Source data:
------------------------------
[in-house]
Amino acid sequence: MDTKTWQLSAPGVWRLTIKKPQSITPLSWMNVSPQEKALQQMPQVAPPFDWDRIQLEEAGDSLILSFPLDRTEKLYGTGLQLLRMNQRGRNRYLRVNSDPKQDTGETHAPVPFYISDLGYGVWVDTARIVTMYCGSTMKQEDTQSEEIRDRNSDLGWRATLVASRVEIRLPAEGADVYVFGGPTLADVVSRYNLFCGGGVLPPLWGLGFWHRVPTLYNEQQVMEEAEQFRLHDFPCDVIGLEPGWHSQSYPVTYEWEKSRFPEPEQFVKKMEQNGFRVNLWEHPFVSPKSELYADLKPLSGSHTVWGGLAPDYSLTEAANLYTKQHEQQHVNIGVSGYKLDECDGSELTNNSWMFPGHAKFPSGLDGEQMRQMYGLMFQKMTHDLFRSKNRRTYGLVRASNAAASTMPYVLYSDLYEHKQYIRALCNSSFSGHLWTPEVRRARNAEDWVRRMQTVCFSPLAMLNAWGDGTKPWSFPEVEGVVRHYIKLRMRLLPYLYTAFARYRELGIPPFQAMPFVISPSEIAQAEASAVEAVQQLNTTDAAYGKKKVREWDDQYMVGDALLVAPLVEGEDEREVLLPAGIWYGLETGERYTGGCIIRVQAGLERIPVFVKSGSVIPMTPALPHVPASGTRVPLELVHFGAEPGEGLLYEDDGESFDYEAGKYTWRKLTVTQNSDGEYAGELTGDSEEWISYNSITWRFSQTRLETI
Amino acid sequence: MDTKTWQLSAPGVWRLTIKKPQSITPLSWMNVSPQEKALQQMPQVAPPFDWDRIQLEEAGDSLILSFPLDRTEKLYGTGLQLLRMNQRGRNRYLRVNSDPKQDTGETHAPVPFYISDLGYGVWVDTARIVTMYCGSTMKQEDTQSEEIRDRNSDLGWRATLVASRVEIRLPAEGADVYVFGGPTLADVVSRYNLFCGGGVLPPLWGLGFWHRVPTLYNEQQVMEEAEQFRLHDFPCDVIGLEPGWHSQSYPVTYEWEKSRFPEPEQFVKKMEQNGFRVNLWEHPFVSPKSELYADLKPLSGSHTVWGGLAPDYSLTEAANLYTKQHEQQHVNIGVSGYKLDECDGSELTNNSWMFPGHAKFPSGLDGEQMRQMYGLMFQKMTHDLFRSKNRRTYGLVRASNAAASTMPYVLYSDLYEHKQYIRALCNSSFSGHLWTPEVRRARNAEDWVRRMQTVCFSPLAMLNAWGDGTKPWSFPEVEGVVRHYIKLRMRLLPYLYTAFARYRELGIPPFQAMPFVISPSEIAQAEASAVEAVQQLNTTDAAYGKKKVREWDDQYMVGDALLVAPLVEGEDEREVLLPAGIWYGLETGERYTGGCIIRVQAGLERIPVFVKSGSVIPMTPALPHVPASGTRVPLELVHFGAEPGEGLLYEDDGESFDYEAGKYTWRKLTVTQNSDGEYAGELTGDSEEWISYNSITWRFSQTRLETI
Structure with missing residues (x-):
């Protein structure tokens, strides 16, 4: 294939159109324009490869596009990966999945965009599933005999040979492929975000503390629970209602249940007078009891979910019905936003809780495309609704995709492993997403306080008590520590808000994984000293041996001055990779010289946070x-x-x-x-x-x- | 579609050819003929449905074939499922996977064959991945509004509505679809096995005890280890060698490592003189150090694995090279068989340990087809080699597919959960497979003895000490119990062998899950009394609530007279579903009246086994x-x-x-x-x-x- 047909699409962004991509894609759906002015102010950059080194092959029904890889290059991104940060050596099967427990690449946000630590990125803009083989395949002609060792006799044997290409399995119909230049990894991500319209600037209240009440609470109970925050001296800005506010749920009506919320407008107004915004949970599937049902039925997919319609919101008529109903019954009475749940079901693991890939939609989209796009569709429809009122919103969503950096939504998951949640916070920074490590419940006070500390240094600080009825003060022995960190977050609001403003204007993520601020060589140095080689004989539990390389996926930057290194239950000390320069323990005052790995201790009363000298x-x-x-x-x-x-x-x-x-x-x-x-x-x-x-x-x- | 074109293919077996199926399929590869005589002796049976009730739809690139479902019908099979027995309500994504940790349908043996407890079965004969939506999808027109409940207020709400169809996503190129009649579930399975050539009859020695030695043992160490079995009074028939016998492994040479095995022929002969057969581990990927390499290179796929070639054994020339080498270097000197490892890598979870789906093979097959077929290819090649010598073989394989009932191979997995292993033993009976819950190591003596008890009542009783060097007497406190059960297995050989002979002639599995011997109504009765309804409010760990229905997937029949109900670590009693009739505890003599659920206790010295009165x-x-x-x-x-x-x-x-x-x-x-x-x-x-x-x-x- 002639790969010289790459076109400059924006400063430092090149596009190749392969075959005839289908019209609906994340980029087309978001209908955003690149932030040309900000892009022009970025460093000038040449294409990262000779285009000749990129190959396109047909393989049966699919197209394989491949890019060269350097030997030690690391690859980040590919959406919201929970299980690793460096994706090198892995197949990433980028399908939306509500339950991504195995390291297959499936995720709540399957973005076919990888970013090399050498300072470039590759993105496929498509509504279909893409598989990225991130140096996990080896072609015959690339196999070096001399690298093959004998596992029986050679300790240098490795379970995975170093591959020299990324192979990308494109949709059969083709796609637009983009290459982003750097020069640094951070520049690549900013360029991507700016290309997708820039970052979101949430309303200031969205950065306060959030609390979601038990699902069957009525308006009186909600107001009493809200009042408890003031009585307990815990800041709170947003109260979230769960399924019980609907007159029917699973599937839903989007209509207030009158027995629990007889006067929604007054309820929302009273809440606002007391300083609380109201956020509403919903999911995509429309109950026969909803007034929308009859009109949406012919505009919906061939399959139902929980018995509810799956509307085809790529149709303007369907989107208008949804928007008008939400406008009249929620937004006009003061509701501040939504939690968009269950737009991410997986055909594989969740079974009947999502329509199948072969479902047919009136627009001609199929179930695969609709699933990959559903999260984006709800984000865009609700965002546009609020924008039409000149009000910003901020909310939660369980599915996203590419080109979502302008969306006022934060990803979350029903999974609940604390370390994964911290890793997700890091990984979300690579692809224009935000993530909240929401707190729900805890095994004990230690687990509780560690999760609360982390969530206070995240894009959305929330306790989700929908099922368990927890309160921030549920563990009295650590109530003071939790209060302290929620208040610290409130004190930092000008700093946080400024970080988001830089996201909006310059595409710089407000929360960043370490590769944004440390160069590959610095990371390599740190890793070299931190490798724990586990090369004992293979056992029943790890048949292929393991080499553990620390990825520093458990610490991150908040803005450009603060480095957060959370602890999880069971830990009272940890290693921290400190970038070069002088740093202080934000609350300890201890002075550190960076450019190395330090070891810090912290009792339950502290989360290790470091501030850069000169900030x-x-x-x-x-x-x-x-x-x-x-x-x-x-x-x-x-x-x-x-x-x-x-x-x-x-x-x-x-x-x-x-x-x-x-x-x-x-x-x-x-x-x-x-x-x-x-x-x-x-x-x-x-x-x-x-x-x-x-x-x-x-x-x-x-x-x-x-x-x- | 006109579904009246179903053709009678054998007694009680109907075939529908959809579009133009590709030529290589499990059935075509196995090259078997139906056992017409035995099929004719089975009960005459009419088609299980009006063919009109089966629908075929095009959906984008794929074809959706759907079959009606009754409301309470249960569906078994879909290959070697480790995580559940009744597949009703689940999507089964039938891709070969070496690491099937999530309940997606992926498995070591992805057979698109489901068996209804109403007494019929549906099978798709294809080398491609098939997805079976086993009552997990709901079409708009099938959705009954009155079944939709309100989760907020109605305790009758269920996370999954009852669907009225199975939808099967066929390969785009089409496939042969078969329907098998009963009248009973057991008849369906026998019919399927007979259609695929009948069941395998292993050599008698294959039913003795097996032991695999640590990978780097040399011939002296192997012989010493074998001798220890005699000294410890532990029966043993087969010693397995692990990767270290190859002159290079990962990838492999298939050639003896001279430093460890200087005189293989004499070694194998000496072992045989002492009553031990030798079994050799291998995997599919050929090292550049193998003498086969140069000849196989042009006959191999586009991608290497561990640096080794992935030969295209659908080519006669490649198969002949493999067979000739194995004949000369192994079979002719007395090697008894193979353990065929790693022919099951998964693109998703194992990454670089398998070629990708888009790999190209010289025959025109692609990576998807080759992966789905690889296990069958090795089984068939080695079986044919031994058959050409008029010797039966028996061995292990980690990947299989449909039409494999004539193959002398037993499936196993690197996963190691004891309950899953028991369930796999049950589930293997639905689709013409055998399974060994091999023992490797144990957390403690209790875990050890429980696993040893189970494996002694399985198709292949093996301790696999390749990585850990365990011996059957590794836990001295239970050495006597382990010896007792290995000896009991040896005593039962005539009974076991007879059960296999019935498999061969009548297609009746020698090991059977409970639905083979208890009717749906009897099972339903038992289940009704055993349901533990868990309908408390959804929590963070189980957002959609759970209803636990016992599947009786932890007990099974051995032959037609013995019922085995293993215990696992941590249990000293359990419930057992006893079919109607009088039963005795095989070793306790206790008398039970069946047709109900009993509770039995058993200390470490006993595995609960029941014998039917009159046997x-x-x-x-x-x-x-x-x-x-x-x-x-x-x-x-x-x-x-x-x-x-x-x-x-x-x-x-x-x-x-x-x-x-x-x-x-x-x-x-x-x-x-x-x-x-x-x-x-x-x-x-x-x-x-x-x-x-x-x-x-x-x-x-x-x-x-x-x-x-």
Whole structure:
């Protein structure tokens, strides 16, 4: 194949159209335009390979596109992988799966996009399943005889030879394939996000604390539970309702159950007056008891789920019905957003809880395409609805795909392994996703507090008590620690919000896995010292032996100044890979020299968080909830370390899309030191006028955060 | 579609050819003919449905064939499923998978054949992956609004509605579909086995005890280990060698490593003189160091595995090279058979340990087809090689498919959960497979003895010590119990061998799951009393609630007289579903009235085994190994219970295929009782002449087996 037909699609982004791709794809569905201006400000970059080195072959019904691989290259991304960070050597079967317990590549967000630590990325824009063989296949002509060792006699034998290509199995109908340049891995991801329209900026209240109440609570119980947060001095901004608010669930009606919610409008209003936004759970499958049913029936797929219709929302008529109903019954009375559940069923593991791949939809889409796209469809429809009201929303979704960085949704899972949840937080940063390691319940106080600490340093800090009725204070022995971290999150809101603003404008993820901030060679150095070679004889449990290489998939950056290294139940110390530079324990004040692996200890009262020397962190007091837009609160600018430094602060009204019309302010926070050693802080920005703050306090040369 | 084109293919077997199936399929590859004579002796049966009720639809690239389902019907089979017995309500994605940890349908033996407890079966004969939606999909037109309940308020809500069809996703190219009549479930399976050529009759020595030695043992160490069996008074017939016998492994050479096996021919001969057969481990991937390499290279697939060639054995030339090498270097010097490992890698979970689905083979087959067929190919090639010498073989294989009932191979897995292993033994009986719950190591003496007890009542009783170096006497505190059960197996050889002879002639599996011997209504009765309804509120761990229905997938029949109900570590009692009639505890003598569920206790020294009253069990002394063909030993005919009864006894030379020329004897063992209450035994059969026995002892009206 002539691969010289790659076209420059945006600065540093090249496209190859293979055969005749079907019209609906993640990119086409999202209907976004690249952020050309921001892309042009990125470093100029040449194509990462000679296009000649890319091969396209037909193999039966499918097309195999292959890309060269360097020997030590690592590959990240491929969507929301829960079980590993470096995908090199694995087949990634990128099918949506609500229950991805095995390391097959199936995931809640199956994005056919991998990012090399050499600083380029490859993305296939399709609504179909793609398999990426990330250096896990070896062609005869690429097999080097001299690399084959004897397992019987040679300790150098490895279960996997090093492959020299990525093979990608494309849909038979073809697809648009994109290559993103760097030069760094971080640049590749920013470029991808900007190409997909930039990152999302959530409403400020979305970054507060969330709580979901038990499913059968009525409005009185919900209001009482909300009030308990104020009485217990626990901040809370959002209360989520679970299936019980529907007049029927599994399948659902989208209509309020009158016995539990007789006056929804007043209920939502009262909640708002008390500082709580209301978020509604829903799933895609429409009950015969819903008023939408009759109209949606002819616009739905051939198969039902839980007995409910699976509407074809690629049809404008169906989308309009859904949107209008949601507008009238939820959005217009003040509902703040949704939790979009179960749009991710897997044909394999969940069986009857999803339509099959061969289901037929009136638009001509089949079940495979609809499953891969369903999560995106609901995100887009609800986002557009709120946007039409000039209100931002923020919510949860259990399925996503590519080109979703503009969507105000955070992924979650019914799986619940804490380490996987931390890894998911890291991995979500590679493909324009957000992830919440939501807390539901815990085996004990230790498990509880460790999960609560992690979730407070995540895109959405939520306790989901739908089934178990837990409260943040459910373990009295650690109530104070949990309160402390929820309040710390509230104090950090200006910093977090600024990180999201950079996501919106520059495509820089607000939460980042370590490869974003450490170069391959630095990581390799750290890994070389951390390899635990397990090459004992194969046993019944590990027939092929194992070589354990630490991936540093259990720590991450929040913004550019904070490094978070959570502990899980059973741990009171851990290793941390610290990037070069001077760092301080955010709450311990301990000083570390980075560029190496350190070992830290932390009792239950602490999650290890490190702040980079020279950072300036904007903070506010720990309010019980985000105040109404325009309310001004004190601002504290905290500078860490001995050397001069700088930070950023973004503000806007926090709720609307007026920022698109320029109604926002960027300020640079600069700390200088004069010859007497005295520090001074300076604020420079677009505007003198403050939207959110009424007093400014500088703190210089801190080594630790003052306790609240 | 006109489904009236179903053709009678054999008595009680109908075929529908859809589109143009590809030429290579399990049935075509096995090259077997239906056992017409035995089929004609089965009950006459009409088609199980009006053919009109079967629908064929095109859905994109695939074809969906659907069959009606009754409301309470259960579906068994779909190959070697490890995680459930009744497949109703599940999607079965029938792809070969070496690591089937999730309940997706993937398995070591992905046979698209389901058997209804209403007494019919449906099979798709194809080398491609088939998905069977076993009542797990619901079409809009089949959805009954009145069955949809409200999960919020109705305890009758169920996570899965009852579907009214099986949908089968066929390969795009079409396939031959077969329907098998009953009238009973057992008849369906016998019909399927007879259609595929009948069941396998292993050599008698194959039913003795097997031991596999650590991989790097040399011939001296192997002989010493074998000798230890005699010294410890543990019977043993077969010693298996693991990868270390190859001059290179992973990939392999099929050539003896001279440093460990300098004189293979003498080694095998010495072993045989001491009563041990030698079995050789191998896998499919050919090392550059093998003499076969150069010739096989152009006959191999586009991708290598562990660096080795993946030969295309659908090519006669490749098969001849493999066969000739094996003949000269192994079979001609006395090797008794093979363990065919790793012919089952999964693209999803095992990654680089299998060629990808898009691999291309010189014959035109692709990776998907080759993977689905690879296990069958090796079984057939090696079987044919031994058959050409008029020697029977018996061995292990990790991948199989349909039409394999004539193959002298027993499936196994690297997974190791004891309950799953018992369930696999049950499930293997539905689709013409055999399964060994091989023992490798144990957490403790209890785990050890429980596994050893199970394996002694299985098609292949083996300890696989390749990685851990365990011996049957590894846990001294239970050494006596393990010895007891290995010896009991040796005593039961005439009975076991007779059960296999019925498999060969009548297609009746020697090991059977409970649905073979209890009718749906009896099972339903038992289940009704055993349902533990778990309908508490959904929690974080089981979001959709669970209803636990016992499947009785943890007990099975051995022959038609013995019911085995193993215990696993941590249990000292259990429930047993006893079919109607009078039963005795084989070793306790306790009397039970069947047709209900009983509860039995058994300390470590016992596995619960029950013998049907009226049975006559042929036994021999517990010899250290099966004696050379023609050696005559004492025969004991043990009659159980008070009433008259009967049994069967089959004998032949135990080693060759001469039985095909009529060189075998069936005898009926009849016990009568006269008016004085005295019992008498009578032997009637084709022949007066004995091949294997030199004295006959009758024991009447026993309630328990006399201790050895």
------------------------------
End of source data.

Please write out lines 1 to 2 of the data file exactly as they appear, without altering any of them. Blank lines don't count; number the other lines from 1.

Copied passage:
[in-house]
Amino acid sequence: MDTKTWQLSAPGVWRLTIKKPQSITPLSWMNVSPQEKALQQMPQVAPPFDWDRIQLEEAGDSLILSFPLDRTEKLYGTGLQLLRMNQRGRNRYLRVNSDPKQDTGETHAPVPFYISDLGYGVWVDTARIVTMYCGSTMKQEDTQSEEIRDRNSDLGWRATLVASRVEIRLPAEGADVYVFGGPTLADVVSRYNLFCGGGVLPPLWGLGFWHRVPTLYNEQQVMEEAEQFRLHDFPCDVIGLEPGWHSQSYPVTYEWEKSRFPEPEQFVKKMEQNGFRVNLWEHPFVSPKSELYADLKPLSGSHTVWGGLAPDYSLTEAANLYTKQHEQQHVNIGVSGYKLDECDGSELTNNSWMFPGHAKFPSGLDGEQMRQMYGLMFQKMTHDLFRSKNRRTYGLVRASNAAASTMPYVLYSDLYEHKQYIRALCNSSFSGHLWTPEVRRARNAEDWVRRMQTVCFSPLAMLNAWGDGTKPWSFPEVEGVVRHYIKLRMRLLPYLYTAFARYRELGIPPFQAMPFVISPSEIAQAEASAVEAVQQLNTTDAAYGKKKVREWDDQYMVGDALLVAPLVEGEDEREVLLPAGIWYGLETGERYTGGCIIRVQAGLERIPVFVKSGSVIPMTPALPHVPASGTRVPLELVHFGAEPGEGLLYEDDGESFDYEAGKYTWRKLTVTQNSDGEYAGELTGDSEEWISYNSITWRFSQTRLETI